Taster Track : Credits (Dance Class)

Inside : Free Love

What starts as electropop takes on a clubbier feel that challenges and entertains in equal measure.

Free Love are a Mr and Mrs duo from Scotland, though they have a strong Gallic core. It’s not just in the couple of songs in French they’ve included - ‘Le Mirage’ and ‘Dans Le Noir’ - but in the feel that they’re what Stereolab might sound like if they were trapped in Glasgow.

They have one foot on the dancefloor and one in a world far, far away. You sense that they like nothing better than seeing what their fans will make of their latest constructed sounds. I suspect there will be a modicum of uncertainty before they find their feet and body swings.

This is the kind of electronica that sounds a little sedated, or at least slowed down. It’s by no means unpleasant, more that it feels as if it has travelled a long way without sleep to get here. A song such as ‘Golden Goose’ sounds twisted and distorted out of shape, creating a sense of a different universe.

‘Le Mirage’ is excellent - the definition of a sinuous, slinky groove that parades an ear worm melody. It’s the kind of hook that doesn’t reappear on the album. To be fair it’s the kind of hook that doesn’t appear in any music very often! This is an album that feels like a starting point to a journey from high end electro pop to ambient electronica over forty minutes.

And, it turns out, that it’s a journey well worth taking!

Taster Track : Le Mirage

( Post Script : I realised when including ‘Le Mirage’ in the schedule for a future ‘On The Radio’ programme that I had reviewed this before in April 2023. I thought it sounded familiar! I don’t think there’s harm in revisiting the occasional album. )

Gestures Of Perception : Khora

Bloody hell! I listen to some strange stuff sometimes. Khora is a Canadian experimental artist whose collection of electronic and other sounds is more interesting than enjoyable.

I want to be clear from the outset. There’s a world of difference between an album I don’t enjoy because it simply does not work for me and an album that is simply bad and lazily made for the wrong motives. ‘Gestures of Perception’ is firmly in the first category.

I can acknowledge the care and vision invested in the pieces here without growing to like them. There are sounds here, right from the start with ‘Golden Femur’ that I haven’t heard before and find difficult to describe. Each track refuses to be hurried. It takes up space and time to deliver. There’s a strong commitment to its uncompromising vision throughout. No concession is made to soften it for airplay.

The issue I found is that, with no context, this felt like an installation project. It was intriguing enough for me to wonder “why”? It’s too heavy to be truly ambient so it’s hard to keep in the background. There were times that I felt like swatting the music away like a buzzing fly.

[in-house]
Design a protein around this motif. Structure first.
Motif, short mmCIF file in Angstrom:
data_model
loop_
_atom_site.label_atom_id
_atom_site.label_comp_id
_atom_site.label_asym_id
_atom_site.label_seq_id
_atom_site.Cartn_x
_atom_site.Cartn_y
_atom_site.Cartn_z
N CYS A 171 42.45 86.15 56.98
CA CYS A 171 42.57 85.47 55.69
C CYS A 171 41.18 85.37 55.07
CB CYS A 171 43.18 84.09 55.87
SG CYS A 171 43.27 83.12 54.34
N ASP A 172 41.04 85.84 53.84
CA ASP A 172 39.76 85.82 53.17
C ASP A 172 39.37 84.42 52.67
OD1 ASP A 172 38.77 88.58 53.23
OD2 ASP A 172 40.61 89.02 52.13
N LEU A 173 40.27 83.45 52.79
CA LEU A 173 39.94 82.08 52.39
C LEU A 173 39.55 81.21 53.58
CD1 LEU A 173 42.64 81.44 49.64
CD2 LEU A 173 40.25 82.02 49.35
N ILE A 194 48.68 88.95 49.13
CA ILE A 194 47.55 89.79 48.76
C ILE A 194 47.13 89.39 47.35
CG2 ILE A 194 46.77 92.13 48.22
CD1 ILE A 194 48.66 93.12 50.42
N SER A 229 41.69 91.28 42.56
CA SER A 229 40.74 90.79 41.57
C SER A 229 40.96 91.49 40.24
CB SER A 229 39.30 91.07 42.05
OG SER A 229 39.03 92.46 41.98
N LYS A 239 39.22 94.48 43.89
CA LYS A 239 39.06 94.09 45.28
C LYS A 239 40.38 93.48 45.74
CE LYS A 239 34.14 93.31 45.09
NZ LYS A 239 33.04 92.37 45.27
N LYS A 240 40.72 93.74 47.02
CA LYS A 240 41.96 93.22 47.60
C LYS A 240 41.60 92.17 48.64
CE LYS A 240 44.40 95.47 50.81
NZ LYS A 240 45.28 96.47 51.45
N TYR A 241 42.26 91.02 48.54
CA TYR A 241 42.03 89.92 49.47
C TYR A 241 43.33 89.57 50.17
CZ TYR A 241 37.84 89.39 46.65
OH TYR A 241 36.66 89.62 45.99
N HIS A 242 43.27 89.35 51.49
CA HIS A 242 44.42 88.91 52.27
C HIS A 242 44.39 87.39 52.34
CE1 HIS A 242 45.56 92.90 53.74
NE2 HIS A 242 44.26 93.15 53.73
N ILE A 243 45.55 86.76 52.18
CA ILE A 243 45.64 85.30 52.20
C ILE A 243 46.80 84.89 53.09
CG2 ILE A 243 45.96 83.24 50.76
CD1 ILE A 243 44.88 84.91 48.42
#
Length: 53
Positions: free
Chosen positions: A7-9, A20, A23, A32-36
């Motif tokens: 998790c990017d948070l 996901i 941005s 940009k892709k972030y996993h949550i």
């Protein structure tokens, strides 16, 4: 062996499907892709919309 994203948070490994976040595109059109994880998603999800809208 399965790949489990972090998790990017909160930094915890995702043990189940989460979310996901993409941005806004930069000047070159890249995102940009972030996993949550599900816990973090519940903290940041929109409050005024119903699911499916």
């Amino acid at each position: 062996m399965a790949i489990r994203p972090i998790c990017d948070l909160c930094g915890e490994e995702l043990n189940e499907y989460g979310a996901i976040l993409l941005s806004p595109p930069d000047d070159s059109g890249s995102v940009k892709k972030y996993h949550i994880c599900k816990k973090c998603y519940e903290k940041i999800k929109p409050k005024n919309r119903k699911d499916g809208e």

There were places early on when I felt drawn to the idea of an Eastern city in the early morning bustle of setting up markets and being drawn to prayer. The sounds are constantly evolving. Take ‘Golden Femur’. There are Oriental and Indian tones bursting through and distracting you from the building drone that creeps up behind you like an unseen vehicle.

Nothing is allowed to be itself. There’s one lovely moment in ‘Rigpa’ when there’s a passage that sounds like pealing bells but without a bell in sight or earshot. It’s odd.

This is an album for the senses. I found it interesting rather than truly enjoyable.

Here’s Boomkat’s academic sounding review for balance. Gestures of Perception

Taster Track : Rigpa

Thee : X-Press 2

X-Press 2 are best known these days for their 2002 song ‘Lazy’, featuring David Byrne on guest vocals. They’ve re-emerged for the first time in eleven years with a collection of deep house tracks that show the come down flame still burning bright.

This is nothing if not hypnotic. It’s as if they drill home one component of what makes a decent dance song, adding a few fripperies on top and around it. As Odyssey once sang, they use it up and wear it out. It’s strangely impersonal. The feel is that they communicate through the beats and rhythms rather than as performers. They remain hidden and anonymous.

The thing is though, it works. Its impact grows cumulatively to become highly enjoyable. Maybe it’s intended for the come down room but it works equally well in the early morning light as the neighbourhood begins to stir.

There’s a welcome shift midway through as if they’ve relaxed. ‘Muse’ sounds more… musical. It’s a chilled tune with no lead vocals but a nicely judged backing croon that shows why good backing vocals can carry a tune on their own. ‘I Can See The Love’ has the same effect whereas ‘You Know (Everybody)’ is the sound of the carnival procession passing through, driven by the sound of the big bass drum.

Chill out had its moment in the spotlight around the time Gareth Gates kept  X-Press 2 from the Number 1 spot. This record shows why it deserves an encore.

Taster Track : Muse


As ever this week's Taster Track playlists can be accessed at or via the Spotify link on the Home Page.